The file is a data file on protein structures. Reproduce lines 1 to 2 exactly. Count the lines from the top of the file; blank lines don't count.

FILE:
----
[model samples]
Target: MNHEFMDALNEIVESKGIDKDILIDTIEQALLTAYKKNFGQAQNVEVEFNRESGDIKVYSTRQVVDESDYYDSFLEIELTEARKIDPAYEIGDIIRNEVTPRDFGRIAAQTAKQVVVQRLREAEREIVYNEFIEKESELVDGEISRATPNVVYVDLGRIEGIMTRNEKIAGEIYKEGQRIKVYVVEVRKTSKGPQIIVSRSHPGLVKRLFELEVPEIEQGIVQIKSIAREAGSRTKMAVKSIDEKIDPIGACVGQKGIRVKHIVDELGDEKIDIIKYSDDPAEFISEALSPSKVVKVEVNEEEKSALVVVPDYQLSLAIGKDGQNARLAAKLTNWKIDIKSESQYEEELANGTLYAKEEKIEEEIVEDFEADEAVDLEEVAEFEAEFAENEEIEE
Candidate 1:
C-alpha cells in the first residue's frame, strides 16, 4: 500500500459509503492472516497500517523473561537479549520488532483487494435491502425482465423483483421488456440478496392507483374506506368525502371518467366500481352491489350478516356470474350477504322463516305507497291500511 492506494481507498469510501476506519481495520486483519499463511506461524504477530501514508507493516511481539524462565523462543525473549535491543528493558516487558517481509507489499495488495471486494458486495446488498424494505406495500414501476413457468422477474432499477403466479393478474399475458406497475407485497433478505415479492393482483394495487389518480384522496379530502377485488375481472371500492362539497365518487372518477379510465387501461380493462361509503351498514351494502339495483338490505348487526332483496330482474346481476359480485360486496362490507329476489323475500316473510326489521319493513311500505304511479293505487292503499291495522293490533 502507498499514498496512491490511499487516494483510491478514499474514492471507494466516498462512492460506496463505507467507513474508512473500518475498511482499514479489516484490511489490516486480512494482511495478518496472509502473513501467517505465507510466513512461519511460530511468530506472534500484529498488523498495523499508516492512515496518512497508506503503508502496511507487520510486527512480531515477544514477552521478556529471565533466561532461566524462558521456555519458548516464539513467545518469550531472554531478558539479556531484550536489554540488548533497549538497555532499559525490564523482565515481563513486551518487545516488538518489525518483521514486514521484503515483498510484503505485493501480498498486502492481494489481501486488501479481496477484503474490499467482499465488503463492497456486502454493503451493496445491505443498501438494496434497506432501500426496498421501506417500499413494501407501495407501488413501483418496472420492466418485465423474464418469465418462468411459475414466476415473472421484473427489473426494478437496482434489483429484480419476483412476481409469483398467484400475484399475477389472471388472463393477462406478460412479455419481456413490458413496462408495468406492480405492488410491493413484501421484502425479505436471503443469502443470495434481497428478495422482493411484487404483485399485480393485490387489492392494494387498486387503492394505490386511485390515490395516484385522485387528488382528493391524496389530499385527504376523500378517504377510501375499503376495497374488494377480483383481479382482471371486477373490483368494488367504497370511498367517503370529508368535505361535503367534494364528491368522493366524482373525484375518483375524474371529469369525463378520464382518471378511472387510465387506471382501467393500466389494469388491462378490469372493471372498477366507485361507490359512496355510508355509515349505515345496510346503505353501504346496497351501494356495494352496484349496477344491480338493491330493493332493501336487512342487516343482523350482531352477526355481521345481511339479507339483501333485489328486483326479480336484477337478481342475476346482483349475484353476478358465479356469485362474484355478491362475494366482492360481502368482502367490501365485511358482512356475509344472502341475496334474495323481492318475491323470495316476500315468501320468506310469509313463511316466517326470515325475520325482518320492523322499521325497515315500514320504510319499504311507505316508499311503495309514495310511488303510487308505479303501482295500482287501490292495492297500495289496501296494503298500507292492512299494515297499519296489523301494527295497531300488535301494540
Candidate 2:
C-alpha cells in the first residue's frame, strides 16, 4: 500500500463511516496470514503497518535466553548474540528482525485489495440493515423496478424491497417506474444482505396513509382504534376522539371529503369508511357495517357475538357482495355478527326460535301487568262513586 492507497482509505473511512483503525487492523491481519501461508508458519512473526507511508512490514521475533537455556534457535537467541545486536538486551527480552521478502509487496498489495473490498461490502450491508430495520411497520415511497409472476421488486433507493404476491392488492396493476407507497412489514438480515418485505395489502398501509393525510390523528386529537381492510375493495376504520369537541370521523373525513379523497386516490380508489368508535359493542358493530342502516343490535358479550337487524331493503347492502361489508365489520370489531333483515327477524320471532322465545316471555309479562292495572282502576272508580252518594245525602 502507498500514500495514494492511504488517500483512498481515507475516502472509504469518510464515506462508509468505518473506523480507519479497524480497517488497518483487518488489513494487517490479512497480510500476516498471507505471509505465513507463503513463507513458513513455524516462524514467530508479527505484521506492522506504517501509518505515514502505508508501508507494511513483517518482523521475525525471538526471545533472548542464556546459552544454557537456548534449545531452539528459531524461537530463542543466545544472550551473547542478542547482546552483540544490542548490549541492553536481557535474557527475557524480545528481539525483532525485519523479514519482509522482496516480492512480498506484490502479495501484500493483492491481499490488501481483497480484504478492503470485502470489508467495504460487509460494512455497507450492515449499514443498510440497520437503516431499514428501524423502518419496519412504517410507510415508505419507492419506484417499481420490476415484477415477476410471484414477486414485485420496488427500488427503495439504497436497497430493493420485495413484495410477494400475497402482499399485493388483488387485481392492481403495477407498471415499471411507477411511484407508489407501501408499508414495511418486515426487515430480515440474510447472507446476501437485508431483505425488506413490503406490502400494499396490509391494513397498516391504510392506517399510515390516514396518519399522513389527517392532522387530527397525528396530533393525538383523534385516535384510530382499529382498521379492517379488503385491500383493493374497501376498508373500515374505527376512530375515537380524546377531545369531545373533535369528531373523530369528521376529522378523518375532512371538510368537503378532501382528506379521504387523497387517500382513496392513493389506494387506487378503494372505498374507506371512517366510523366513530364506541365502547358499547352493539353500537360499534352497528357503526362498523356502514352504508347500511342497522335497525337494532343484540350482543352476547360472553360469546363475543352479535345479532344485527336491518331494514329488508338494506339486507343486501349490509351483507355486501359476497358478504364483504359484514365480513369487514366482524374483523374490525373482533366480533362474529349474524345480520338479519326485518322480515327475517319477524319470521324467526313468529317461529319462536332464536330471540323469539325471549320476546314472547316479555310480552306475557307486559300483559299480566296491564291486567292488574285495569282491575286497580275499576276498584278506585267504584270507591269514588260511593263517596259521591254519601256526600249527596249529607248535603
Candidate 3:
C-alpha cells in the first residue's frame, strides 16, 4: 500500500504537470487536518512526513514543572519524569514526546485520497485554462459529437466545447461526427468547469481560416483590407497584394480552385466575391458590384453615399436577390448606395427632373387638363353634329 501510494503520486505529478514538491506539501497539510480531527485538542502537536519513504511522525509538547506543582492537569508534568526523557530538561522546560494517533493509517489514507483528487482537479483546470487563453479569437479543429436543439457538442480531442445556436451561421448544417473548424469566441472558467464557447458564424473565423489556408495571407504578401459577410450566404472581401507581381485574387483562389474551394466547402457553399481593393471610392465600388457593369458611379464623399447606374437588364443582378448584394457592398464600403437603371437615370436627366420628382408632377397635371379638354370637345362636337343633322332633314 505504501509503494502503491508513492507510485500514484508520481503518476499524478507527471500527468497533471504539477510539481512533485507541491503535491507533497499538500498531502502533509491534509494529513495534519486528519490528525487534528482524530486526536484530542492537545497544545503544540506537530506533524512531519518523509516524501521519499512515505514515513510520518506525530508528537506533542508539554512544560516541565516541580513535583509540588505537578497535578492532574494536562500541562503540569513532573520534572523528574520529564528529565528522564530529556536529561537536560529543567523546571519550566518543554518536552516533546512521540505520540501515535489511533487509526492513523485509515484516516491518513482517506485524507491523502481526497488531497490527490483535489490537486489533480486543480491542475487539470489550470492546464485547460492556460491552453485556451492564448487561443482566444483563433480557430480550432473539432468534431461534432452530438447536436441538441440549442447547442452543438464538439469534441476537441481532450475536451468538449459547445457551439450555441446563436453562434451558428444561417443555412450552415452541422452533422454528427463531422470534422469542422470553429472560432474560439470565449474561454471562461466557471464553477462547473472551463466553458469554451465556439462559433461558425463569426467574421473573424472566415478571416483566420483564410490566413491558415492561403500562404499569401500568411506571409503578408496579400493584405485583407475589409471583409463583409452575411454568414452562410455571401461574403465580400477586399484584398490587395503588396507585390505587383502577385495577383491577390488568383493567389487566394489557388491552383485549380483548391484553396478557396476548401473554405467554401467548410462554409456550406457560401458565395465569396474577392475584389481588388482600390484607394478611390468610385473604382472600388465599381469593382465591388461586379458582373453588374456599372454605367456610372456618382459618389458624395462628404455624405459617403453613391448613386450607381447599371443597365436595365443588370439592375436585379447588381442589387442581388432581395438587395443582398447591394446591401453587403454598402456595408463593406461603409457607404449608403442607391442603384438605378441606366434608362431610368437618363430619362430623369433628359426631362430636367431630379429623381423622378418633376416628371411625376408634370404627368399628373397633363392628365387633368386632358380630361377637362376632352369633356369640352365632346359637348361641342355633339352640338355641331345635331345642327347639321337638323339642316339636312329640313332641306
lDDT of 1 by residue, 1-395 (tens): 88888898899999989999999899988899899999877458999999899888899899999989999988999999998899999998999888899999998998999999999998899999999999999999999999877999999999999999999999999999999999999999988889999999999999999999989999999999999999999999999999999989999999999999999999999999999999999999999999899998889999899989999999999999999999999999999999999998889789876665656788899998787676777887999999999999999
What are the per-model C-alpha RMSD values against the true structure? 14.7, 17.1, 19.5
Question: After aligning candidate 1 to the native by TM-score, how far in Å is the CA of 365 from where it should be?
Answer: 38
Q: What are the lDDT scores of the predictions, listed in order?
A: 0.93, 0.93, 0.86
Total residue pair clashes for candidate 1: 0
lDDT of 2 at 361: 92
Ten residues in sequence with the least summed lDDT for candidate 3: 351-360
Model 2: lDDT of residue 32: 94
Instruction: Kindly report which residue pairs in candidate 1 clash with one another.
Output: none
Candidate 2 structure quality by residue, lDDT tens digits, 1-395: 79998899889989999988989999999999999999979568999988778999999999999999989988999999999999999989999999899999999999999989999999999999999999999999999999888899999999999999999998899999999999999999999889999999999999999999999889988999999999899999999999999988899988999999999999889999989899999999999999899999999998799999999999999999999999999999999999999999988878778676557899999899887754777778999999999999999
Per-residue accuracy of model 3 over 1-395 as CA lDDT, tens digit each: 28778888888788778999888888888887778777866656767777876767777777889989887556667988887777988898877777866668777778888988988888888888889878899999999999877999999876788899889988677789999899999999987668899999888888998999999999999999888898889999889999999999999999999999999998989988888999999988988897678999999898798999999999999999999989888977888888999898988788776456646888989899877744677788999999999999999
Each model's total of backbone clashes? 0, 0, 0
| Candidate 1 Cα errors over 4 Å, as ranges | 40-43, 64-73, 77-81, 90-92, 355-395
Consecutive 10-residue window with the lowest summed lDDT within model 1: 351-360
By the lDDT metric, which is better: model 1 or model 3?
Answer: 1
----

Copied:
[model samples]
Target: MNHEFMDALNEIVESKGIDKDILIDTIEQALLTAYKKNFGQAQNVEVEFNRESGDIKVYSTRQVVDESDYYDSFLEIELTEARKIDPAYEIGDIIRNEVTPRDFGRIAAQTAKQVVVQRLREAEREIVYNEFIEKESELVDGEISRATPNVVYVDLGRIEGIMTRNEKIAGEIYKEGQRIKVYVVEVRKTSKGPQIIVSRSHPGLVKRLFELEVPEIEQGIVQIKSIAREAGSRTKMAVKSIDEKIDPIGACVGQKGIRVKHIVDELGDEKIDIIKYSDDPAEFISEALSPSKVVKVEVNEEEKSALVVVPDYQLSLAIGKDGQNARLAAKLTNWKIDIKSESQYEEELANGTLYAKEEKIEEEIVEDFEADEAVDLEEVAEFEAEFAENEEIEE